During their fight in the Sanctum Sanctorum, Mads Mikkelsen’s Kaecilius calls Doctor Strange “a scientist” once he learns that Strange is an actual doctor. There isn’t any derision or irony in his voice; instead, he seems pleased to find out that Strange is a scientist of sorts because that means that he understands the laws of nature. It makes explaining his motivations easier, even if Doctor Strange doesn’t exactly switch sides to join up with Kaecilius and Dormammu. Even though so much of what the sorcerers do seems counter to the natural world, the fact that Kaecilius latches onto that suggests that they’re much more closely related than might be evident at first.
If we look at Doctor Strange as a science fiction film instead of a fantasy film, we can see this connection pretty clearly. Natural law is an extension of the universe that the law acts on; the laws of nature on our Earth, for example, allow for things like time that moves at a constant rate and Earth-level gravity and all of the things that define this universe. In a different universe, however, natural laws might act differently because the universe has more energy or less energy or is older or is younger or is fundamentally different in one of an infinite number of ways. The most notable version of this in Doctor Strange is the Dark Dimension, where time doesn’t flow at all. The Ancient One honestly explains it pretty well when introducing the concept of the Multiverse to Strange, and this view of the Multiverse isn’t that far off from actual scientific theory about what other dimensions or universes might be like.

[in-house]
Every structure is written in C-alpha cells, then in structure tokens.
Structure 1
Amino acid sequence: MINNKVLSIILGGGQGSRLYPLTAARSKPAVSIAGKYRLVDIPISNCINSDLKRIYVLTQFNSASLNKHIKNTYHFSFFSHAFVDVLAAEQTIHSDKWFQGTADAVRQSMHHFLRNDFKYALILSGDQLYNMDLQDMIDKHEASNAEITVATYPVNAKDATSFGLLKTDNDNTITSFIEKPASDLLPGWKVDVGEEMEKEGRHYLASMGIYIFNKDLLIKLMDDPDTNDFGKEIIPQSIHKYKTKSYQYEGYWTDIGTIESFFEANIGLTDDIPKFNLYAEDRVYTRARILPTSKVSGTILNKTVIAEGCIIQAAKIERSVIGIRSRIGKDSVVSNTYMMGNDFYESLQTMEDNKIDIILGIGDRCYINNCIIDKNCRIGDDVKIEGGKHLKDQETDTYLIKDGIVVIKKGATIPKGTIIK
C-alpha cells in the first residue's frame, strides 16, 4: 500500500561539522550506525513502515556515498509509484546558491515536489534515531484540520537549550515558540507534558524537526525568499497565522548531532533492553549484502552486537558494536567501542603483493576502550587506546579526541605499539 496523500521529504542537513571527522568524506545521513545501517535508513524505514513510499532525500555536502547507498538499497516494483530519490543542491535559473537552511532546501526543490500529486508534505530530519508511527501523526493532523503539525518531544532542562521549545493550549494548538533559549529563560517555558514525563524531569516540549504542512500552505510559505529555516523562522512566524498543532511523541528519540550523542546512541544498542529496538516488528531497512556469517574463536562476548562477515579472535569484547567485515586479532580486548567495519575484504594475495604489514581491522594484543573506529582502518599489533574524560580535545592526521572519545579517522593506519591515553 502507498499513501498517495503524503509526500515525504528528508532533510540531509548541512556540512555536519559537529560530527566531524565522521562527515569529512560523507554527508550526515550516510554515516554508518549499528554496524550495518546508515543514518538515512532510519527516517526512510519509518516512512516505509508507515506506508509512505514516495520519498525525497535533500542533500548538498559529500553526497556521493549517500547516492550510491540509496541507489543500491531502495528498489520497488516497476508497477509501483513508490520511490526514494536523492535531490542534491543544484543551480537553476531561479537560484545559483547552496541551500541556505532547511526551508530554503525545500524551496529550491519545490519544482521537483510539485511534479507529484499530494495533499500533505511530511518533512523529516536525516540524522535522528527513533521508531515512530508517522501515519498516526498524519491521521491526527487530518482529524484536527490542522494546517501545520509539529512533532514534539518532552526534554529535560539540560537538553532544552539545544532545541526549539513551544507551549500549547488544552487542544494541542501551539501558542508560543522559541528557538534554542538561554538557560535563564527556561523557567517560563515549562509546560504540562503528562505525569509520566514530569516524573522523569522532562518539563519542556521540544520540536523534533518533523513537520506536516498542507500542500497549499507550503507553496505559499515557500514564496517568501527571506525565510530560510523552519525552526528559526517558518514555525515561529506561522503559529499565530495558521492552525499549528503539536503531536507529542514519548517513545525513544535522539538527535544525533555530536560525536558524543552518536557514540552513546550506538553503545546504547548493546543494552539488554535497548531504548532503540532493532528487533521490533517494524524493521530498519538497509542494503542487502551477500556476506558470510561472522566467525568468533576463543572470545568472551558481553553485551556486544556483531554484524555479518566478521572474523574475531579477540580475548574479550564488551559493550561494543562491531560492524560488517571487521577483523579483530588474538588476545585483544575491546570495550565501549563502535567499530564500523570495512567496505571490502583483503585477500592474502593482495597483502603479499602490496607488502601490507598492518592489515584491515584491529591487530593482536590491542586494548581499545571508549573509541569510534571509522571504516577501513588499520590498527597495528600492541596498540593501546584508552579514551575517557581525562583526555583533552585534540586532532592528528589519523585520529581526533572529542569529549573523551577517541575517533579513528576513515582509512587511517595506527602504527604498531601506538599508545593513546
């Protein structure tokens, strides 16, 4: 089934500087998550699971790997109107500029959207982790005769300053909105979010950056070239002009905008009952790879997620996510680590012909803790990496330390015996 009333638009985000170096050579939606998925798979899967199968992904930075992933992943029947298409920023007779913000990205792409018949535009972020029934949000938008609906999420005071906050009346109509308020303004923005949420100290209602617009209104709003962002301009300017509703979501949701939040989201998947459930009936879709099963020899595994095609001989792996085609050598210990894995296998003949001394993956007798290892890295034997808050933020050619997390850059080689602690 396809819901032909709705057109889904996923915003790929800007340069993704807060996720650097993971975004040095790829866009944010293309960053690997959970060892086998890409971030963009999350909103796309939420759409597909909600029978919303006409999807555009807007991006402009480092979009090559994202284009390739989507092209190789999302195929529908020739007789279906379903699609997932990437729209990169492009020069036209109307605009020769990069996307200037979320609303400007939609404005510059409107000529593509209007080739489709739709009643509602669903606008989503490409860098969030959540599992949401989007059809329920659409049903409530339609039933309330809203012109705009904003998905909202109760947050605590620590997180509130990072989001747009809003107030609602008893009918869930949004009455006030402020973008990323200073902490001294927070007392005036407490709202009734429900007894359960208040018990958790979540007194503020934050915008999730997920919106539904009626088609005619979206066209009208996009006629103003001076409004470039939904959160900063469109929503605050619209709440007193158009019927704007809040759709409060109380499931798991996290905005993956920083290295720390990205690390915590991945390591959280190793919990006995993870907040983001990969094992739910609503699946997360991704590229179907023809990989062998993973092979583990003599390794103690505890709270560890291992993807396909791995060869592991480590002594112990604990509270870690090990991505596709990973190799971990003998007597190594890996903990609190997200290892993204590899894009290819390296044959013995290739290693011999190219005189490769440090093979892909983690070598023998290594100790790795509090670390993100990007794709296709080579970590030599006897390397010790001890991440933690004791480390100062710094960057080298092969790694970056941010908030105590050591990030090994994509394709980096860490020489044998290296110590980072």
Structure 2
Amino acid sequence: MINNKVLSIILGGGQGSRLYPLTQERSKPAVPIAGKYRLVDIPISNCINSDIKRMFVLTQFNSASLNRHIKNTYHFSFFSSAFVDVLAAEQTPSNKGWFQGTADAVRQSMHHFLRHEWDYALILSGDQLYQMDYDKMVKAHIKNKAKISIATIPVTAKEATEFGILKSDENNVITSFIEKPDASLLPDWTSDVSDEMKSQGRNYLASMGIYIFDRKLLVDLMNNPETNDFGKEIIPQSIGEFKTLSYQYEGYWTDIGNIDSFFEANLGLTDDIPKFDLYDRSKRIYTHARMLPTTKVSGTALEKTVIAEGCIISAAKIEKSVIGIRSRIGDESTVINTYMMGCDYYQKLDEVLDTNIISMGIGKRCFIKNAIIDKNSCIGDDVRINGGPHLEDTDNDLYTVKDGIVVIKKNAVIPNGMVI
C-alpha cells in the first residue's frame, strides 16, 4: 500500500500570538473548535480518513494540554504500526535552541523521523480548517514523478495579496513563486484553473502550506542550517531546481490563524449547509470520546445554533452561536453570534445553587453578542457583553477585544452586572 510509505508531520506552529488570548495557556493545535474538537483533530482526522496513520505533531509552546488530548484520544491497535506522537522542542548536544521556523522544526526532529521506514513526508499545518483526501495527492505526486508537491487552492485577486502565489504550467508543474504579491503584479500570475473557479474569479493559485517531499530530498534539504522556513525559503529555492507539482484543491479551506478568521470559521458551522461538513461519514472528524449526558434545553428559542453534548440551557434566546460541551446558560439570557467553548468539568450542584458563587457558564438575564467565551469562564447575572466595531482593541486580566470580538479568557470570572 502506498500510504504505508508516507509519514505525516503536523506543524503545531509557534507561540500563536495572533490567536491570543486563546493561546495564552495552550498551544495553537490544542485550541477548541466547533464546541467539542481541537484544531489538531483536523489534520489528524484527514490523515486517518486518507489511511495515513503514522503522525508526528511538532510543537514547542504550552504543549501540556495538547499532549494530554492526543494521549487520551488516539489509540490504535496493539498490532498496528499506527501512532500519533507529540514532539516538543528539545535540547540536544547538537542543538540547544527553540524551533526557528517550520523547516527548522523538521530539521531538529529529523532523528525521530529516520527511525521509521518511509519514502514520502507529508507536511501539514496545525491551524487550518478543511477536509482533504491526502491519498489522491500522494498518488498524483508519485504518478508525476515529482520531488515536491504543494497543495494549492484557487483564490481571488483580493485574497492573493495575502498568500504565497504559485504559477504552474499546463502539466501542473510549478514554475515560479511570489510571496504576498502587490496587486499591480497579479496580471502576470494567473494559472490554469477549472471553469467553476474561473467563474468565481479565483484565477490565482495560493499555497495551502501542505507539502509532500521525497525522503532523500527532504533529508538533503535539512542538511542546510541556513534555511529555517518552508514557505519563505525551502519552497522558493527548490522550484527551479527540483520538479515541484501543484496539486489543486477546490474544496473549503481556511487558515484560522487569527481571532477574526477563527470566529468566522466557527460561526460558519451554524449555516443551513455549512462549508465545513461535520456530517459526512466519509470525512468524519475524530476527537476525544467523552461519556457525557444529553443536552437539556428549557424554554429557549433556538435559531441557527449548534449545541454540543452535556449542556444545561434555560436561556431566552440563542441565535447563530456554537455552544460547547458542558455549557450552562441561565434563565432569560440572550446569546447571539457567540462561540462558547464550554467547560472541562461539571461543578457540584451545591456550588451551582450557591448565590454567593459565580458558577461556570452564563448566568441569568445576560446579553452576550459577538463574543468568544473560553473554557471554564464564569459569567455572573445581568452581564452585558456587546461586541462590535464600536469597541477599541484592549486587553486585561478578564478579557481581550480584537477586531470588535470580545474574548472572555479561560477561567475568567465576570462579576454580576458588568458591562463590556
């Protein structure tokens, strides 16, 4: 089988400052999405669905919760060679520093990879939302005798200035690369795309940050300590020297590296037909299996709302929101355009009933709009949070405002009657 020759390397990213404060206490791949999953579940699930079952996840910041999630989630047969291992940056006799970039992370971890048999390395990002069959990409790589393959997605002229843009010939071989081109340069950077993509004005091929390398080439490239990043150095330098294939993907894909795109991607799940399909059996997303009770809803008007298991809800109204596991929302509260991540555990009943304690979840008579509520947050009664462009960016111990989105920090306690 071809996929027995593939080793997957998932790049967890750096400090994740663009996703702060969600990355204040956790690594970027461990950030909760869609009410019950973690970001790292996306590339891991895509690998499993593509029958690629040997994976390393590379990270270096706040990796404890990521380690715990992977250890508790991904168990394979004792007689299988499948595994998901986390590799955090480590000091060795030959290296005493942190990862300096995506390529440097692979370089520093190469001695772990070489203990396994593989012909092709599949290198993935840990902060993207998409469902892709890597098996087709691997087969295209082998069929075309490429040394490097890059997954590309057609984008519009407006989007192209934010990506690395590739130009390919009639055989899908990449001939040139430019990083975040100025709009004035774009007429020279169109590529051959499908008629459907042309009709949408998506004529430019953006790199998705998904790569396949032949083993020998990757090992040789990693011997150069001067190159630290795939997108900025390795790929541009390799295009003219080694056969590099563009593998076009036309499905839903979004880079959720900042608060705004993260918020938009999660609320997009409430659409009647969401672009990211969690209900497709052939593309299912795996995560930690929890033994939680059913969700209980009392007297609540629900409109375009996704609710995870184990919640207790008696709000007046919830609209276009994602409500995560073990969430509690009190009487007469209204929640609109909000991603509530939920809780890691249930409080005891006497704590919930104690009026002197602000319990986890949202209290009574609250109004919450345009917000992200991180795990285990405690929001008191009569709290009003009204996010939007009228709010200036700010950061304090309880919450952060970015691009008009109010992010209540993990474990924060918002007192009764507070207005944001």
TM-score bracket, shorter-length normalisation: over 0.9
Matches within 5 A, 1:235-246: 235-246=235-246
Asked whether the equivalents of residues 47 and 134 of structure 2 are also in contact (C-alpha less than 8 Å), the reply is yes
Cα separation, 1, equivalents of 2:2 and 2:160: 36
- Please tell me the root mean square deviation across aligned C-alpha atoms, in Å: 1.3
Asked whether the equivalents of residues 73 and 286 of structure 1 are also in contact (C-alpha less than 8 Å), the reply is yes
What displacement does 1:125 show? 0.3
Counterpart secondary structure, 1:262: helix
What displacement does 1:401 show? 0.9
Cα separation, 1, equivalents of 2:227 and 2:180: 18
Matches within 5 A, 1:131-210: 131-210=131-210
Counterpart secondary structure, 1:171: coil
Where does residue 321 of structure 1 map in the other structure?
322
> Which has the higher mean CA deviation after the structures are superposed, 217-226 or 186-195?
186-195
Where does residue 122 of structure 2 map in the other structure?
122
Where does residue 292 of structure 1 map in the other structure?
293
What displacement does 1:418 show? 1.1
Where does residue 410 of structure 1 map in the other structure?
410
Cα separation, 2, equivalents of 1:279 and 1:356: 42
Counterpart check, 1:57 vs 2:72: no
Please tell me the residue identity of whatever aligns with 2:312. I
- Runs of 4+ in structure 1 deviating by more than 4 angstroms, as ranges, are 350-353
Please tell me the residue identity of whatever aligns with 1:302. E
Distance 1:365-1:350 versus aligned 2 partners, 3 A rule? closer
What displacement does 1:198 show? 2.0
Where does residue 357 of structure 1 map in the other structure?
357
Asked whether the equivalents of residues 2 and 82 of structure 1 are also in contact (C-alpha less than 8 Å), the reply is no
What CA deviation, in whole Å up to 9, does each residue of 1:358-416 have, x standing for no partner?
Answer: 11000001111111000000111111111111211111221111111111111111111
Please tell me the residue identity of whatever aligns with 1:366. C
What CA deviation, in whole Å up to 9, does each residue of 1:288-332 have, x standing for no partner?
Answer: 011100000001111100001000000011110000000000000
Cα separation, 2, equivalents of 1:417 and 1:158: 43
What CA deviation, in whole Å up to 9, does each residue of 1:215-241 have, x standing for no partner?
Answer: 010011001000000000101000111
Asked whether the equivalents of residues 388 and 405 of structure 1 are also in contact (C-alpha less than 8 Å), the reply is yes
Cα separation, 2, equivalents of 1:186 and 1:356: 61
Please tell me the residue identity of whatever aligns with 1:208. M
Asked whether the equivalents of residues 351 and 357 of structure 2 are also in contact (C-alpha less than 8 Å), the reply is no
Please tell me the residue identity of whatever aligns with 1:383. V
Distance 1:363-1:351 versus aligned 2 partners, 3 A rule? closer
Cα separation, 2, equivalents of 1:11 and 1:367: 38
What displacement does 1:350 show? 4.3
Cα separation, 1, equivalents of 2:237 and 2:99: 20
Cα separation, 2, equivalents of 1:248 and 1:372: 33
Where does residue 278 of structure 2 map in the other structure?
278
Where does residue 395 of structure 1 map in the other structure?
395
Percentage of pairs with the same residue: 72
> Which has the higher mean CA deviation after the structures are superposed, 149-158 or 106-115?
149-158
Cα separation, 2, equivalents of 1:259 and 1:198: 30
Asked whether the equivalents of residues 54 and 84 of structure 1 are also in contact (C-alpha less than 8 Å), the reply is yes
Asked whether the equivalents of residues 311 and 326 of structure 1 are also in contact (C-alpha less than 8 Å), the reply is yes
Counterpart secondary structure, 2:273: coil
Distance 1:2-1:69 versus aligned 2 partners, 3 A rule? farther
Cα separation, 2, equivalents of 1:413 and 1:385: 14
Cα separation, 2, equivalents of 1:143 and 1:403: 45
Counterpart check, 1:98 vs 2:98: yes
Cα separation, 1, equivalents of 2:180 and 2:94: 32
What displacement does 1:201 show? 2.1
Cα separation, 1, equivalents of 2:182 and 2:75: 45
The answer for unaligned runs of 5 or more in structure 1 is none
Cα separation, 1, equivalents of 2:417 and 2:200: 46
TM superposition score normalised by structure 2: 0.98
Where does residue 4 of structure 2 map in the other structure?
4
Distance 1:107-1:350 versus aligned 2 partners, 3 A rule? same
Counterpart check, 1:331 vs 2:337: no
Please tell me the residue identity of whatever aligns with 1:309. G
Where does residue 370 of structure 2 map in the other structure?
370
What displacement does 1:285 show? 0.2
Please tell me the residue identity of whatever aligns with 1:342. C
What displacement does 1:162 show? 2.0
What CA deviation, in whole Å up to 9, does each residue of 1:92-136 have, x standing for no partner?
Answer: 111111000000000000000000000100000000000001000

Even though Doctor Strange deals with magic and sorcery, there’s obviously an underlying science to all of it. Mysticism in the film is used to harness and control the magical energy, and powerful artifacts store large amounts of this energy to make it easier to use. The seemingly sentient nature of the Cloak of Levitation adds more of a fantasy feel to the movie, but that’s one of the few things in the movie that really seems to fit in with the fantasy genre. When you look beyond the monks’ trappings that the characters dress in, there’s a much stronger argument for saying that Doctor Strange is a science fiction film… or at least borrows heavily from sci-fi.
Whether you consider the movie to be based on science fiction or fantasy or something in between, the fact remains that it takes a pretty interesting approach to magic in the MCU. As with Thor we find that true magic doesn’t exist, but what we do see is possibly even better… it’s a system that practitioners are able to access and manipulate in a way that actually makes sense (beyond the whole “channeling energy from other dimensions” bit) and that’s fairly rare in both science fiction and fantasy. That Doctor Strange was able to do it so well given the number of concepts it had to introduce to explain it is a testament to the film regardless of genre.